If you're in New York City, come out and cheer us on along the route at one of the many cheering stations. Your encouragement is the best fuel to help us along the way. NYC Cheering Stations

If you're not in New York and you'd like to follow along, just check back here on my blog as I document our pink journey. Feel free to make an encouraging comment here and it will be shared and appreciated by our team.

And finally, if you haven't done it this month, give yourself a breast exam. And if you have pets, give them one too.

Saturday, September 5, 2015

The Angels Among Us

Many, many years ago, when I had my first kitty, Misty, she was in a freak accident and broke her leg. I was barely making it financially, living paycheck to paycheck, and had no resources for the surgery she needed to repair her leg.

Fortunately for me, a friend loaned me the money and said, "Pay me back when you can." I truly don't know what I would have done without her assistance. She was an angel to do that for me and to this day I feel immense gratitude toward her.

I guess that is a major reason why I am so passionate about the mission of The Murphee and Sugar Angel Foundation - helping others with the financial costs of pets who are critically ill.

The Foundation has helped quite a few pets in the past year. We've contributed toward life-saving surgery, helped with the cost of medications for manageable illnesses such as diabetes and hypothyroidism, and more than once we've helped when it is time to end the pain and suffering of a seriously ill pet. Helping others through the Foundation is both heartbreaking and rewarding, and it is always gratifying.

But the reality is this - my co-founder Kate and I cannot achieve the Foundation's mission alone - we need your help.

100% of your donations go to help others. Kate and I cover all Foundation expenses personally and we do not take a dime from the Foundation.

So, please, be an angel and join us for Sugar's Birthday Celebration by sending $1 and sharing this post. The first $1400 will be matched by me and one of our board members.

Not everyone has a angel who can do what my friend did for Misty and me. And who knows, you may need an angel yourself someday - we all know how uncertain life can be. With your help now, Murphee and Sugar can be there for you and others, just like my angel was there for Misty and me all of those years ago.

We Believe in Angels. 

Sunday, July 19, 2015

Shoulda, Woulda, Coulda

Before Sugar was diagnosed with mammary cancer, my cats had never needed anything more serious than a dental cleaning. Then  I heard those horrible words, "Your cat has cancer" and my world changed forever.

First, I cried until I didn't think I had any tears left. Then I put on my big girl panties and I began to navigate the waters of having a seriously ill pet. I scoured the internet for information. I talked to people I knew who had experience with feline mammary cancer.  I began to speak a new language  - the language of cancer; it includes words like "margins", "malignant", "chemo", "remission", "recurrence", "oncologist".

As I swam through this turbulent and foreign sea, I tried to stay afloat. We took Sugar to a veterinary oncologist and there were decisions to be made. How bad is this? Should we do the mastectomy? Should we do chemo? What about diet, supplements? How long will Sugar live? Can she be cured?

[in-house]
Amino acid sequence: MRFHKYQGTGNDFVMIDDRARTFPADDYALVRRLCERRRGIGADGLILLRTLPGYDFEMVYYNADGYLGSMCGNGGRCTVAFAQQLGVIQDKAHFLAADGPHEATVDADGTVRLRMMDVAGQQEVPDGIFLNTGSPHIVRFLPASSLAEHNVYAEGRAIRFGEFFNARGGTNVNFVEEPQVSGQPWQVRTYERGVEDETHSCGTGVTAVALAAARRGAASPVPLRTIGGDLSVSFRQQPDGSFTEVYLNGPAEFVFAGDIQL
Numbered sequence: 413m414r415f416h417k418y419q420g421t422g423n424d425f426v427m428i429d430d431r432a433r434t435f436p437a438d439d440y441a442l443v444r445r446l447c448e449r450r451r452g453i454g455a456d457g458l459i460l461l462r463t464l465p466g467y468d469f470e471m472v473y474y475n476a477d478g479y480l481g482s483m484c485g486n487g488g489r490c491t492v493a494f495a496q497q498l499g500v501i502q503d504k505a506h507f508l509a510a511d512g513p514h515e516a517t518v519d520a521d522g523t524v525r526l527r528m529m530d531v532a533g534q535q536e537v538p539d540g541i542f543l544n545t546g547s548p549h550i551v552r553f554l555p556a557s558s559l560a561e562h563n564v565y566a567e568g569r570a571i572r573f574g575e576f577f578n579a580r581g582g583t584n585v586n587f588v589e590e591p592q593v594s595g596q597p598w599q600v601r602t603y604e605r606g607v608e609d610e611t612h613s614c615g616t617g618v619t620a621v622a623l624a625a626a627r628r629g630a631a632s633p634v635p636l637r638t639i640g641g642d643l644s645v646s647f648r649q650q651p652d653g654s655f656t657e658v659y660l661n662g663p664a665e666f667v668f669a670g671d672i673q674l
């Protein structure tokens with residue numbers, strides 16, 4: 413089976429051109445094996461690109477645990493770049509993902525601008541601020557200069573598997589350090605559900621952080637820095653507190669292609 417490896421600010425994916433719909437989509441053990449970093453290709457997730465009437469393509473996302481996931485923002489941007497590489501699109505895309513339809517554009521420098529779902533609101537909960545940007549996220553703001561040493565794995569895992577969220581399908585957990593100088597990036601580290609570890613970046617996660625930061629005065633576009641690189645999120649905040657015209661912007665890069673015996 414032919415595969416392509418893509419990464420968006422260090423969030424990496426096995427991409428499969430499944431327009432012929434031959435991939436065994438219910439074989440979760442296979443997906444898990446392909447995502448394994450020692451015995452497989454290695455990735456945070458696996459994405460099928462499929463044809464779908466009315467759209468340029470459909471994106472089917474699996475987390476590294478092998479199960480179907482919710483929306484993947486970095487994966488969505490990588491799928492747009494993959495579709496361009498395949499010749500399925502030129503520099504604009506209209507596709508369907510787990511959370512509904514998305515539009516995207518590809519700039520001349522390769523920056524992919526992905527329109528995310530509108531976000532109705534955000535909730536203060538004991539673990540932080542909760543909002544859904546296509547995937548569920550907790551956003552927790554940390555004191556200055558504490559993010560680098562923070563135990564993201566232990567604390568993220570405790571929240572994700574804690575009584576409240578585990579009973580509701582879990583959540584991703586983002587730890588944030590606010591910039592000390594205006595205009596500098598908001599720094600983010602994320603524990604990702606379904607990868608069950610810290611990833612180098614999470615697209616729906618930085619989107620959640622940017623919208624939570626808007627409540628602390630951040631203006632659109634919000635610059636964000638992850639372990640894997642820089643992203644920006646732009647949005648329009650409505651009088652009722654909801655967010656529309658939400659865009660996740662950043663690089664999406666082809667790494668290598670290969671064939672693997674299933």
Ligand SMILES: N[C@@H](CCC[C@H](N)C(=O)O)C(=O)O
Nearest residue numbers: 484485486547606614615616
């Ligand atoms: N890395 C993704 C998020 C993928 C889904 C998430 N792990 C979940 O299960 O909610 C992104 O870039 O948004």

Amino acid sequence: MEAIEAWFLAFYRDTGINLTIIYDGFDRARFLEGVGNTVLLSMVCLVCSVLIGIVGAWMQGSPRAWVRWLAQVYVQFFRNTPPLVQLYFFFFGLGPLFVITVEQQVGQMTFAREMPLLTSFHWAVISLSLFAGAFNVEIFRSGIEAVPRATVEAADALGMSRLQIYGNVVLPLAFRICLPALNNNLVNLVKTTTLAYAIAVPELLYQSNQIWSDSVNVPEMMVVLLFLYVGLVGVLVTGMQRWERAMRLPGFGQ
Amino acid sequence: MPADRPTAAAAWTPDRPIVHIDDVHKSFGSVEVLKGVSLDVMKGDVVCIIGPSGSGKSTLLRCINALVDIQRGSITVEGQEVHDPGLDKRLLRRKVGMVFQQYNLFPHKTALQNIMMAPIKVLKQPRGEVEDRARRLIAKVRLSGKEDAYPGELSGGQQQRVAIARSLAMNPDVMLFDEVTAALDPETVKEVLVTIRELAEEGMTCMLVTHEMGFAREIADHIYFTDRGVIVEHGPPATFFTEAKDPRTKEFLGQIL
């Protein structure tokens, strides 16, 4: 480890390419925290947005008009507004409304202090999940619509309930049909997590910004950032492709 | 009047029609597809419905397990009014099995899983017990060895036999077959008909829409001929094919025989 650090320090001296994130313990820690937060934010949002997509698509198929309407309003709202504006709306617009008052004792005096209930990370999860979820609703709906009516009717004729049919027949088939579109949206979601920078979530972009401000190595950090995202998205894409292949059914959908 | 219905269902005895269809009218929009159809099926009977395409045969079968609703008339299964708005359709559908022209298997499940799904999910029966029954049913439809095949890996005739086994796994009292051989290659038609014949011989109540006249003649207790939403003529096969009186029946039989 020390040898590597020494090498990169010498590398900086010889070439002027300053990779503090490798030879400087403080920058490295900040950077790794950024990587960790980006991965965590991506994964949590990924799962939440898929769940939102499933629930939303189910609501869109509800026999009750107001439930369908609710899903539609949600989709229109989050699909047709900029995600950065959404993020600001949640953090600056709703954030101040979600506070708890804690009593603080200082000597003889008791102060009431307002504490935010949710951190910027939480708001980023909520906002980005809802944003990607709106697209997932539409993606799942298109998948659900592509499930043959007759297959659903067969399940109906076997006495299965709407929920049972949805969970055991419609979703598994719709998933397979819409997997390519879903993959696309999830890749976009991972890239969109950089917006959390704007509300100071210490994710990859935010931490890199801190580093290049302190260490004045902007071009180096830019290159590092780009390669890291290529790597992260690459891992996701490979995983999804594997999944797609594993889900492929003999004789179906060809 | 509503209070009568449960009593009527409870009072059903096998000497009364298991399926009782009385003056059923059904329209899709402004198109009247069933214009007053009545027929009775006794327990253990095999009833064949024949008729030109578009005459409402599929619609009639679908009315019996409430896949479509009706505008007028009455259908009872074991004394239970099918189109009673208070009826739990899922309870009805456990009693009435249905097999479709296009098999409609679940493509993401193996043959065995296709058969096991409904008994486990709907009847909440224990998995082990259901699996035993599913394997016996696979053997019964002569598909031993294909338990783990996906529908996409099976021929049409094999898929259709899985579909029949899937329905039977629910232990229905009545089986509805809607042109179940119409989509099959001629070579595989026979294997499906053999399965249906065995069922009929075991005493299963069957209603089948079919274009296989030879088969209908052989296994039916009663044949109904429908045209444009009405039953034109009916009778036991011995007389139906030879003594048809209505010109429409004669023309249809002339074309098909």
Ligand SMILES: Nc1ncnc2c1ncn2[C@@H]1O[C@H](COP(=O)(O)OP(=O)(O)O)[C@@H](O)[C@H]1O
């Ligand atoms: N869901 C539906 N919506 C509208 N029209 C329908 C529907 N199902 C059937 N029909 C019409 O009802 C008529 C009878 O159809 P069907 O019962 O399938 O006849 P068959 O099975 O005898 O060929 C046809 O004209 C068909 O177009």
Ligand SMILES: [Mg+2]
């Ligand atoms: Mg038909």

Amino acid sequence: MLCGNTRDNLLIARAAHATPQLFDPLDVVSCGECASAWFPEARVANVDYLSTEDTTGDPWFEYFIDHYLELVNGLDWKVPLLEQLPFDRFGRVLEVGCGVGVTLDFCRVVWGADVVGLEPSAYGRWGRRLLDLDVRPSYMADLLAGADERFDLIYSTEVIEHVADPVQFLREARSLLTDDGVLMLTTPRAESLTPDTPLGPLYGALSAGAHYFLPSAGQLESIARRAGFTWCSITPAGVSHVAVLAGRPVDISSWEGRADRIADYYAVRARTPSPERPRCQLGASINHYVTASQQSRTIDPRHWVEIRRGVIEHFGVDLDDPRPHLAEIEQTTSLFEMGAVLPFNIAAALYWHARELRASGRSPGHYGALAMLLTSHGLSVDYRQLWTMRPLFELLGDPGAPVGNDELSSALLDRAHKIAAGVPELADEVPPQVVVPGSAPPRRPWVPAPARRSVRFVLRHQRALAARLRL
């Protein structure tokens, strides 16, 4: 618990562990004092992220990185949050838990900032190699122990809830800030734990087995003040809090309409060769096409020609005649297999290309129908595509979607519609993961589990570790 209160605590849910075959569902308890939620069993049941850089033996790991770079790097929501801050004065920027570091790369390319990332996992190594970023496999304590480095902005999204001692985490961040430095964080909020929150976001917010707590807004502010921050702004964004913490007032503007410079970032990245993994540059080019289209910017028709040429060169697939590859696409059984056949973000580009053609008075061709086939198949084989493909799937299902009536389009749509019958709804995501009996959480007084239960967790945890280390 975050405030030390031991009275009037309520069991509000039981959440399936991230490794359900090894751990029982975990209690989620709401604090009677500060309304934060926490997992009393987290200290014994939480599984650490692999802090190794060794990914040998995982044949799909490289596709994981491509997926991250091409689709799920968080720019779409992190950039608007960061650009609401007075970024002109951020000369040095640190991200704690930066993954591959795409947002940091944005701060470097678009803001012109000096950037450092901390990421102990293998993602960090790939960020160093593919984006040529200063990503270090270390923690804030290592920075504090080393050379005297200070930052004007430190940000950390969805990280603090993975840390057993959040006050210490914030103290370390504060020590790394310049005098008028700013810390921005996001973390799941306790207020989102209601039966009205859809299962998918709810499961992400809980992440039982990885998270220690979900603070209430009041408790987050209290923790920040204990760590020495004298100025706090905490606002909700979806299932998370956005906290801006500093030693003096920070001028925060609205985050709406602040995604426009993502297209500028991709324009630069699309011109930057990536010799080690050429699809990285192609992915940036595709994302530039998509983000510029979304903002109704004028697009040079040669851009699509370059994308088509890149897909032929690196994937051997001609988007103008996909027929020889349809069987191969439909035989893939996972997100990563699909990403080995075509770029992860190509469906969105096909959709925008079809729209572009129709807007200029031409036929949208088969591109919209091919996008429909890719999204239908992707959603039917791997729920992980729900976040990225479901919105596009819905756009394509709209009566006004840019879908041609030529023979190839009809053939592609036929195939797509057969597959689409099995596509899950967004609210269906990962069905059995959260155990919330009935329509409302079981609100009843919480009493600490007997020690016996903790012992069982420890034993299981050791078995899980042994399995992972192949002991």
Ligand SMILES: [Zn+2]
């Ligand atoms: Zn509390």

Unfortunately, when it comes to feline mammary cancer, the answers are few. It's aggressive, we know that. But beyond that, we don't know much. And that is true of many other feline cancers because there has been a lot more research done on canine cancer than on feline cancer.

So we learn as we go. We put our trust in our veterinarians. We watch our kitties like hawks. We talk to others dealing with this relentless and hateful disease. Some of us reach out to animal communicators, some of us pray to our higher power for a miracle. In short, we do the best we can with what we know and what we have to work with.

We try not to think about what is going to happen; we try not to constantly worry about what we will do when "it" does. Will I find another lump? Has it spread to the lungs? Will it spread to the lungs or somewhere else?

Greeting the sun.
How do we cope when we are living every day with such uncertainty? Well, I took my cue from Sugar. Blessedly, she didn't know she had cancer. She lived each day to the fullest. She enjoyed her food, she napped in her favorite sunny spots. She watched birds. She sought out and received a million cheek rubs. She slept curled up next to the humans she loved so much. She stopped and smelled the flowers and rolled in the catnip patch. Sugar taught me how to live in the present, to appreciate each day for the gift that it is.

And ultimately, the day did come when "it" happened. The cancer was in Sugar's lungs and pleura and it was time to give her the most loving and unselfish gift that a parent can - a peaceful journey to her tenth life at the Rainbow Bridge.

After Sugar's crossing, I was consumed with grief and doubt.  Should I have done this or that? Would it have made a difference? Could I have done more, done something else?

But the reality is, I don't know and neither does anyone else. I can't rewind the tape and edit it. I can only replay it and learn from it. In my case, I share what I've learned with others through an online support group for parents of pets with cancer and the Sugar Rub! organization.

So I forgave myself. I took comfort in knowing that I did the best that I could based on the resources available to me at the time; that's really all that any of us can do.  And that my friends, is no small thing.